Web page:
Grammar is a contact sport. — Best Business English

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Howlers or Fowlers?

Polemicist Rod Liddle flexed his muscles on 15 May in his Sunday Times column against the grammar hooligans who beat up the English language with their misuse / overuse of words or phrases. In last Sunday’s letters page the paper headlined readers’ responses under the heading ‘Grammar as a contact sport’.

The problem is that grammar glitches are not a contact sport, but accrue gradually over the years, so that what was once misuse becomes adopted into the system. Sometimes new uses of words and grammar benefit English – and languages are always evolving.
Liddle’s ire was directed first at how people misuse pronouns: ‘myself’ instead of ‘me’. Readers added ‘reach out’ (for contact), pan-fried (for fried), and those who reply to the question

‘How are you’ with ‘I’m good’.

What gets my goat is the now prevalent use of a double past tense instead of the past continuous – “I was sat (I was sitting) in front of the TV when the doorbell rang” and “I was stood in the queue awaiting my turn” (I was standing). However, I am beginning to resign myself to the new incorrect grammar as I find even national treasures like Clare Balding are guilty. In the proper past tense the action has finished, whereas the past continuous means that it was happening until it was interrupted.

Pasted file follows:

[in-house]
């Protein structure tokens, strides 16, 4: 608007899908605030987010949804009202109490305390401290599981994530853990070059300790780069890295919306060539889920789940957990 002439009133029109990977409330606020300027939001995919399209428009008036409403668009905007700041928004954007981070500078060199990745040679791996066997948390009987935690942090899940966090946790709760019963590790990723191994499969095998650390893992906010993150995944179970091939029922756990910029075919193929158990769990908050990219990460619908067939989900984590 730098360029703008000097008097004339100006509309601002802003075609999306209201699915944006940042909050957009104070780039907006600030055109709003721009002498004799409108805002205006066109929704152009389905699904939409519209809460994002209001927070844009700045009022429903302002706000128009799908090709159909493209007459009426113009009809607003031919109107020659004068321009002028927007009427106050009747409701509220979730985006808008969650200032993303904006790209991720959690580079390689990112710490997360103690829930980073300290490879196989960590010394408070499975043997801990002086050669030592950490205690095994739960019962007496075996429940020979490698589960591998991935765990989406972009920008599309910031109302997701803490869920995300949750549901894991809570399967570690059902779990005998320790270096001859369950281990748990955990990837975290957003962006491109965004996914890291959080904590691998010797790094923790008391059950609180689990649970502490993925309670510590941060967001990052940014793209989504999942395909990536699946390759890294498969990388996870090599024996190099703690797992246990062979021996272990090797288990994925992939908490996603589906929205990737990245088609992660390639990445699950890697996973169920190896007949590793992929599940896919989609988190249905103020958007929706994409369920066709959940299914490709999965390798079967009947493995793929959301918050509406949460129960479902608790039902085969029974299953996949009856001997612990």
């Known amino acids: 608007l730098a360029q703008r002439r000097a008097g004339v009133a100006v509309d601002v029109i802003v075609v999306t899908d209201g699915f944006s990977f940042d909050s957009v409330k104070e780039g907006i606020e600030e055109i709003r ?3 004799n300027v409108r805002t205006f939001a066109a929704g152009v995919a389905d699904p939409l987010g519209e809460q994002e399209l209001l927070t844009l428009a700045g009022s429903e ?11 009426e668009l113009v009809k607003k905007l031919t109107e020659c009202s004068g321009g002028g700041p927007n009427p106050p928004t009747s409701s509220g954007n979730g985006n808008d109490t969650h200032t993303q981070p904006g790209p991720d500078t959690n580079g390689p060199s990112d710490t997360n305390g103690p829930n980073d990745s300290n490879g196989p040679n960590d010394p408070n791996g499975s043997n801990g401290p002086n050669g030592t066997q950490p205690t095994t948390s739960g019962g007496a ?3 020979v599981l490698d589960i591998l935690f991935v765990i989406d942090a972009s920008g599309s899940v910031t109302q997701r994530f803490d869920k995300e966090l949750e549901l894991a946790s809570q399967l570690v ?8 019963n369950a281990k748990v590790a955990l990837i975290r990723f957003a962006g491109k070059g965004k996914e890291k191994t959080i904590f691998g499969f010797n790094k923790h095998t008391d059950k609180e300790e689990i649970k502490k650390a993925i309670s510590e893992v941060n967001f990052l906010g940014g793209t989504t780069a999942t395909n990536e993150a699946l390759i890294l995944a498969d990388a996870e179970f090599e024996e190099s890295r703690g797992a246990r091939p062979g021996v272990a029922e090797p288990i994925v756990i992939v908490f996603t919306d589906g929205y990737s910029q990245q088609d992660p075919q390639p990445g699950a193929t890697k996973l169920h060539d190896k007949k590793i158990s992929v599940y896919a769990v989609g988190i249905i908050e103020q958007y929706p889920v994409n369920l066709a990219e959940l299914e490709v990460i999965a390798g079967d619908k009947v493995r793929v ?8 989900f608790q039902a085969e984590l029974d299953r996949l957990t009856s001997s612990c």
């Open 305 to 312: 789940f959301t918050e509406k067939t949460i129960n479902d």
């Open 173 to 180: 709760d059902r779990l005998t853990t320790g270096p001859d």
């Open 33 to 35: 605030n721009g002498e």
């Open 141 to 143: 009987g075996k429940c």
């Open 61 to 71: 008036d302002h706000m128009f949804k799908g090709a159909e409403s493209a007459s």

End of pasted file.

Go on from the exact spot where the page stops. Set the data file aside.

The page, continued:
Some grammar pedants still protest at the use of the split infinitive – “to boldly go”. Often this improves the rhythm of a sentence and has been acceptable for nearly a century to grammar expert Fowlers Modern English Usage.

Get that frequently revised book if you want to find challenges to the traditional (often Victorian-minded) grammar ogres. Modern English Usage also endorses the use of ‘And’ or ‘But’ to start a sentence, because they are conjunctions.

Otherwise I rarely rise to the bait when I hear or read a grammatical infelicity. My view is that the writer’s main job is to communicate so that she can be easily understood. Of course, the writer needs to be aware of her target audience.

Don’t let the grammar shadows darken your writing…

By the way, I was taught that there are 6 past tenses in English(which are listed in Google).
But the British Council lists only the 4: Simple Past, Past Continuous (that’s what I’m griping about), Past Perfect and Past Perfect Continuous.

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